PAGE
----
Sorry for the unexpected hiatus–I returned home to LA after sixteen weeks in New York this past weekend and found myself far more exhausted than I expected to be. The past four months of filmmaking have been essentially riding a wild bull–starting with our prep period in late May/early June, our shoot beginning a scant five weeks later in mid July, and jumping right into the editing after our pre Labor Day weekend wrap. We’ve screened the movie a few times now for invited guests to get a feeling of how it plays with audiences. It’s quite amazing (and sobering) what you learn from sitting in a room watching your movie with a group…somehow things that you thought were perfectly timed are horrifically slow, and things that long ago you gave up on as hopeless seem to work wonderfully well. Robert Altman was a big believer in screening cuts of his films for invited audiences–rather than ask for specific comments, however, he would simply tell his guests: “Don’t worry about telling me anything special. You watch the movie, I’ll watch you…”
Below are two clips, both of which show-in their own ways–how completely absurd making a film truly is. The first is a simple, beautiful shot of a bus pulling out of a terminal and crossing the George Washington Bridge. Fairly straight forward sounding, right? I’ve said it before and I’ll say it again. “NOTHING IN FILMMAKING IS SIMPLE!” Just getting a bus to use was a major problem–the New Jersey Transit busses were, for some odd reason, off limits to us. An independent bus line was finally found who would play ball with us–but we needed TWO busses and this somehow was a problem. (Why did we need two? Who knows? In movies you always need two of everything. So why should busses be any different?) Even shooting this shot was filled with drama–the Port Authority gave us a very short window in which to make the shot, maybe ninety minutes or so to get our equipment and two busses upstairs and ready to go. By the way, once you get on the George Washington Bridge, you’re New Jersey bound, so kiss that bus (and a second take) goodbye. Come to think of it, that’s why we had two busses–to send the second one out for a safety take once we’d lost the first one to the wilds of Jersey.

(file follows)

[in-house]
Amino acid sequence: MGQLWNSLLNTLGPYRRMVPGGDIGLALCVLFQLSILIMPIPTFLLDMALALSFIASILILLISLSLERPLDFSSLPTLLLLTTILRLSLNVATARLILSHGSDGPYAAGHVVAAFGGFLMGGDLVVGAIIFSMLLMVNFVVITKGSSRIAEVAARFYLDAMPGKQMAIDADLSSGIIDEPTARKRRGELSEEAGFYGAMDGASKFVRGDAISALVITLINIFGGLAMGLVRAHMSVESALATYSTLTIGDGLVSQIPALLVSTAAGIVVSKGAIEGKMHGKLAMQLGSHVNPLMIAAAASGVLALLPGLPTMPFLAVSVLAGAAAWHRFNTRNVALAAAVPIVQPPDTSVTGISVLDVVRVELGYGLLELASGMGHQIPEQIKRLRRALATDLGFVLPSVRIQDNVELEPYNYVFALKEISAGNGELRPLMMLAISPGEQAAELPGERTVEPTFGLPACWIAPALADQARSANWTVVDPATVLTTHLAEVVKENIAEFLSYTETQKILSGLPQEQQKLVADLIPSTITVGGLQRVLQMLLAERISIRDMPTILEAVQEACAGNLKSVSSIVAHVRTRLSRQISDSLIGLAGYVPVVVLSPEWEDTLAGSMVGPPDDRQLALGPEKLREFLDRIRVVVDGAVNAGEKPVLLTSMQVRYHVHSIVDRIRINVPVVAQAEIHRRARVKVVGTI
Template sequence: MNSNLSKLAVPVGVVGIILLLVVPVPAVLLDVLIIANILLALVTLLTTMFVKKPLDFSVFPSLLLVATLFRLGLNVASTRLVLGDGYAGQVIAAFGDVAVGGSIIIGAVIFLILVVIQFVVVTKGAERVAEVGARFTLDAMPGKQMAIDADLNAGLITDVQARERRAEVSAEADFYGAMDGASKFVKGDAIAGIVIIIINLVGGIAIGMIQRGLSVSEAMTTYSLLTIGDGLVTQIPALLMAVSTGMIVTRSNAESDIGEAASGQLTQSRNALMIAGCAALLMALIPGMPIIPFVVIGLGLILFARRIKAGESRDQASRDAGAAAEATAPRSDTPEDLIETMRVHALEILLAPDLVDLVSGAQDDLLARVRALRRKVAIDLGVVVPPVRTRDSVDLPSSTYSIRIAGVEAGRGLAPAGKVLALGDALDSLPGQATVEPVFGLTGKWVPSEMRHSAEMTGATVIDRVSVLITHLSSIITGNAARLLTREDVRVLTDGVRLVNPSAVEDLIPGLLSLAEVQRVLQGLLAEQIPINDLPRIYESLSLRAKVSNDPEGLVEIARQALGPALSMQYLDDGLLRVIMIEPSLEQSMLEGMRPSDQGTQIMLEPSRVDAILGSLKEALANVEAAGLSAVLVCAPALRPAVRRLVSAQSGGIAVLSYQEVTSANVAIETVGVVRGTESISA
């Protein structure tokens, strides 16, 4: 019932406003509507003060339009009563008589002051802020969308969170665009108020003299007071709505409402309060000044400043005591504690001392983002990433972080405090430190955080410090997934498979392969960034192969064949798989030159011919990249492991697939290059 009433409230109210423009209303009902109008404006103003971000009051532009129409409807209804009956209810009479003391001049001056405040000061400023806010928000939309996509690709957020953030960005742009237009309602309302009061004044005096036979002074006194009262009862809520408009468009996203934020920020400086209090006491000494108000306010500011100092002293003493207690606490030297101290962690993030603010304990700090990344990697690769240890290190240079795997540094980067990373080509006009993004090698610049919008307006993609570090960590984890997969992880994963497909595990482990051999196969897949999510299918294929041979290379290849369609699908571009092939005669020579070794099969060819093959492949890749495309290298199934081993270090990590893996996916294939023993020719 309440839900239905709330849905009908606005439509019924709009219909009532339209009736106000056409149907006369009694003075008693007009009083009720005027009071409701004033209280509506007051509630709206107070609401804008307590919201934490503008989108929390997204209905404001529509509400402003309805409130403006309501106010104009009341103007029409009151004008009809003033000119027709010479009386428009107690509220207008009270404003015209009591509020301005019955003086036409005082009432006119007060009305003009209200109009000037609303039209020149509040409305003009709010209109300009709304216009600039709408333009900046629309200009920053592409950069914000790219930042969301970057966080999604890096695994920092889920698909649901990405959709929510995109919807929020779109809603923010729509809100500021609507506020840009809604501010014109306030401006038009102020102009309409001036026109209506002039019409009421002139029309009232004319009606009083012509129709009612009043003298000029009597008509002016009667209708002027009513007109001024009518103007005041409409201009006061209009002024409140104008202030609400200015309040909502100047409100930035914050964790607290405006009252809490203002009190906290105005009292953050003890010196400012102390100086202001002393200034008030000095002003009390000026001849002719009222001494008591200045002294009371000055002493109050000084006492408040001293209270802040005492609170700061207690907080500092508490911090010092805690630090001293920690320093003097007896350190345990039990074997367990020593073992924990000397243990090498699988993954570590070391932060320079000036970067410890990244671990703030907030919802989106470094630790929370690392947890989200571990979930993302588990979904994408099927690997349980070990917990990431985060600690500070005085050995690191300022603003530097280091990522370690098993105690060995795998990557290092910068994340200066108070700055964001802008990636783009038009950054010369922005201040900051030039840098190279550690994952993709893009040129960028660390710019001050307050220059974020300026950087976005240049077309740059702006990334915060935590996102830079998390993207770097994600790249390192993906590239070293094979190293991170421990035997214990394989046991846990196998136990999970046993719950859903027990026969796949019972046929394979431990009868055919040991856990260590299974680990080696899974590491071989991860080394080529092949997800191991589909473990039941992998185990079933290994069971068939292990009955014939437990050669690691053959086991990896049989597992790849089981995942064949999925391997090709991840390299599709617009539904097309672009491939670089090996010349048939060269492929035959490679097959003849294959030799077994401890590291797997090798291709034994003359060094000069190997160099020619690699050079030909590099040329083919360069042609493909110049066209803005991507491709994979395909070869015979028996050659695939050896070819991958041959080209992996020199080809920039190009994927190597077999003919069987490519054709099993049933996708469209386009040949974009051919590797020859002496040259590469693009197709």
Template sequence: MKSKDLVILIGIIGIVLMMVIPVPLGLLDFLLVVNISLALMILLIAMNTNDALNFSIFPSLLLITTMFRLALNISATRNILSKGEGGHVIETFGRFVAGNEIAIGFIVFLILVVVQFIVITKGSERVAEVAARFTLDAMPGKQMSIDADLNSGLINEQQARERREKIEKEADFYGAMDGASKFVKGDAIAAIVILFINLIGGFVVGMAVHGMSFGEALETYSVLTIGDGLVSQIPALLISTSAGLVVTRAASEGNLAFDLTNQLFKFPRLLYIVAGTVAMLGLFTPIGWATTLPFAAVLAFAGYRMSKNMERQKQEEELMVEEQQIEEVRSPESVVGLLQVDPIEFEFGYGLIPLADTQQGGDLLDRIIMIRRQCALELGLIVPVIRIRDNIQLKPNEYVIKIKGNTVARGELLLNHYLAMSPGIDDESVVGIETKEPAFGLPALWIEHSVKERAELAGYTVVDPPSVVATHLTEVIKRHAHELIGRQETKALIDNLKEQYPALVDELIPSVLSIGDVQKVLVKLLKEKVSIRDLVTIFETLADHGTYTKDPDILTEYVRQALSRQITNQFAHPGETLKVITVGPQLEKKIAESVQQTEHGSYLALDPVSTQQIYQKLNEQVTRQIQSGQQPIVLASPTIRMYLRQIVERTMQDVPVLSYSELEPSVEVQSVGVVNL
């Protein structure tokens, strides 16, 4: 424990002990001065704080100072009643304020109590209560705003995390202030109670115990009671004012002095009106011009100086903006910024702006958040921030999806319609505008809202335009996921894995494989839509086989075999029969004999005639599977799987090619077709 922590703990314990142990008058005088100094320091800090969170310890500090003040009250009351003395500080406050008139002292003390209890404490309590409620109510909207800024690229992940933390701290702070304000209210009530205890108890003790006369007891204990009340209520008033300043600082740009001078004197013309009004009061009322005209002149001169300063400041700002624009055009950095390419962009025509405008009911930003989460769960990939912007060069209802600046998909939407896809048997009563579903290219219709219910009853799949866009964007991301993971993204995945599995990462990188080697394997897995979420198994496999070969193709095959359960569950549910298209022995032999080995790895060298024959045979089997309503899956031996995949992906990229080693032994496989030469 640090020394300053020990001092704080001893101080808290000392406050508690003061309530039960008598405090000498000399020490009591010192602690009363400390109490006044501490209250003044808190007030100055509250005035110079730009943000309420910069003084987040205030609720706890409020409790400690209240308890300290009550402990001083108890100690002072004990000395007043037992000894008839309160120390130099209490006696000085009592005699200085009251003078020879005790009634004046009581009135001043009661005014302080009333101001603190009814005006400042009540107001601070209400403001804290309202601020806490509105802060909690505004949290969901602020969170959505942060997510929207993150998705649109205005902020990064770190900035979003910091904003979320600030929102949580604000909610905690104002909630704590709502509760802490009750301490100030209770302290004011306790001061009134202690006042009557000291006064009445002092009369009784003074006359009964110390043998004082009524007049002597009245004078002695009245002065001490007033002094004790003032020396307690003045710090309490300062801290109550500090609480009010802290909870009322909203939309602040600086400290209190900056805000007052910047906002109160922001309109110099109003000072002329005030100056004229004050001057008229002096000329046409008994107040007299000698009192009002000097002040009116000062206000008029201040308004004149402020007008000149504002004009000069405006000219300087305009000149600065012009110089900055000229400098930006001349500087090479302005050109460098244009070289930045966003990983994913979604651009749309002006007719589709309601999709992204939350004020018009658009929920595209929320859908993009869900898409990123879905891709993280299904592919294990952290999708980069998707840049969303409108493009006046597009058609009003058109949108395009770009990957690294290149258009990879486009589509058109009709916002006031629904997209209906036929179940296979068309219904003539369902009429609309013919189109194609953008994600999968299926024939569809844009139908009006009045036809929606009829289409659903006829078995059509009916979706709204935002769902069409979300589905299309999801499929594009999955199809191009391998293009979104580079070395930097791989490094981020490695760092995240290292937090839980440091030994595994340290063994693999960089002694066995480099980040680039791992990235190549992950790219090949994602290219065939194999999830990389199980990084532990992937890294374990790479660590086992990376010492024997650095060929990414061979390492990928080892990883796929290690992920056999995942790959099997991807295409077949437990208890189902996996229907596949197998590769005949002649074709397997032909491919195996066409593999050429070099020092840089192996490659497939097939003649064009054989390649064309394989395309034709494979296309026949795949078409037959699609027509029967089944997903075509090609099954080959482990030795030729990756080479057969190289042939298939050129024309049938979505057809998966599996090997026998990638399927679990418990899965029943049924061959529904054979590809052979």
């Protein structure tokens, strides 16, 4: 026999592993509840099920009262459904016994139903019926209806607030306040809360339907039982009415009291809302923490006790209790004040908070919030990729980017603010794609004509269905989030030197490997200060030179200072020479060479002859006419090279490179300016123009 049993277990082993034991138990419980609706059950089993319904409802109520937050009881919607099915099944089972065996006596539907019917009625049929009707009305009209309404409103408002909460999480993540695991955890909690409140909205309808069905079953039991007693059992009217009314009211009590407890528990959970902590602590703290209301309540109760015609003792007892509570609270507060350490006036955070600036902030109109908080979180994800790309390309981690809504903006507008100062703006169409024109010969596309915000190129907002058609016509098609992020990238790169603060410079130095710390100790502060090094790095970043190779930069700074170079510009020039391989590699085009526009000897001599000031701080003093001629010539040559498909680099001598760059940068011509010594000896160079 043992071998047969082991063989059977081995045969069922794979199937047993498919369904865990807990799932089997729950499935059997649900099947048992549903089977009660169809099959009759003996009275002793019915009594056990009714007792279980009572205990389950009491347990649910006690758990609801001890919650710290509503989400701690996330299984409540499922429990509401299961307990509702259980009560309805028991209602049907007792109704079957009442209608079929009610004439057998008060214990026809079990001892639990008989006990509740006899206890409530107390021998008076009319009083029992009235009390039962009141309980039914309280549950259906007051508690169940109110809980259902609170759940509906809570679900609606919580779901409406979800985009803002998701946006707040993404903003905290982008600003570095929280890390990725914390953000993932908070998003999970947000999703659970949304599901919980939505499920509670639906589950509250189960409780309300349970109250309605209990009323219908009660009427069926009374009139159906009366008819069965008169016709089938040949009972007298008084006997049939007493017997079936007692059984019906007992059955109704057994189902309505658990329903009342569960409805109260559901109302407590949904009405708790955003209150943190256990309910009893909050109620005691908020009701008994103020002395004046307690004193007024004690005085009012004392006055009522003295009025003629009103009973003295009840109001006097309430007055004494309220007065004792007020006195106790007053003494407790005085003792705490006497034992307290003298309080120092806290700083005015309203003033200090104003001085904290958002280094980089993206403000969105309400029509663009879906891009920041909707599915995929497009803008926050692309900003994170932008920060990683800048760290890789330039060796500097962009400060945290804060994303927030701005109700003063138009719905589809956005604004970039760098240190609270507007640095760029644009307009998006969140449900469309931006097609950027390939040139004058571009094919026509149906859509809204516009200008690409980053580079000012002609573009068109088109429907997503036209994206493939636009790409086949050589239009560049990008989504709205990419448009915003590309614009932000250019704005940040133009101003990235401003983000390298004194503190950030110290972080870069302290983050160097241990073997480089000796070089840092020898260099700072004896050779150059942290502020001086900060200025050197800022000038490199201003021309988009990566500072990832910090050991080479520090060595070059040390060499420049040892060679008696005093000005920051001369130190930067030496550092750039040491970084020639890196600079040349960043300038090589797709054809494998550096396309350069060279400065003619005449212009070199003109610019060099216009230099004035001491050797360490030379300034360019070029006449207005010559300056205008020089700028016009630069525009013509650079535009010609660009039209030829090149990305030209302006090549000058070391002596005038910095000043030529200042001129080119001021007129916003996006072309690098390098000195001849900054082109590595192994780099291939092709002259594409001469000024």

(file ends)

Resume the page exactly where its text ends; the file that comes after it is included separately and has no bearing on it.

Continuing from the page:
The second clip is of…a movie set. Our movie played the role of another movie–no spoilers so I can’t tell you how it fits into the story. But we used our own crew to play the part of…a movie crew. The Assistant Director who tells Andy Garcia tht they need another take is, in fact, me. The guy standing around at the end (playing the second A.D. is, in fact our first AD, Eric Henriquez. The general air of confusion and hysteria captured in this scene is all to accurate. But as Sidney Lumet says in his book “Making Movies”, “We really do know what we’re doing…it only looks like we don’t.”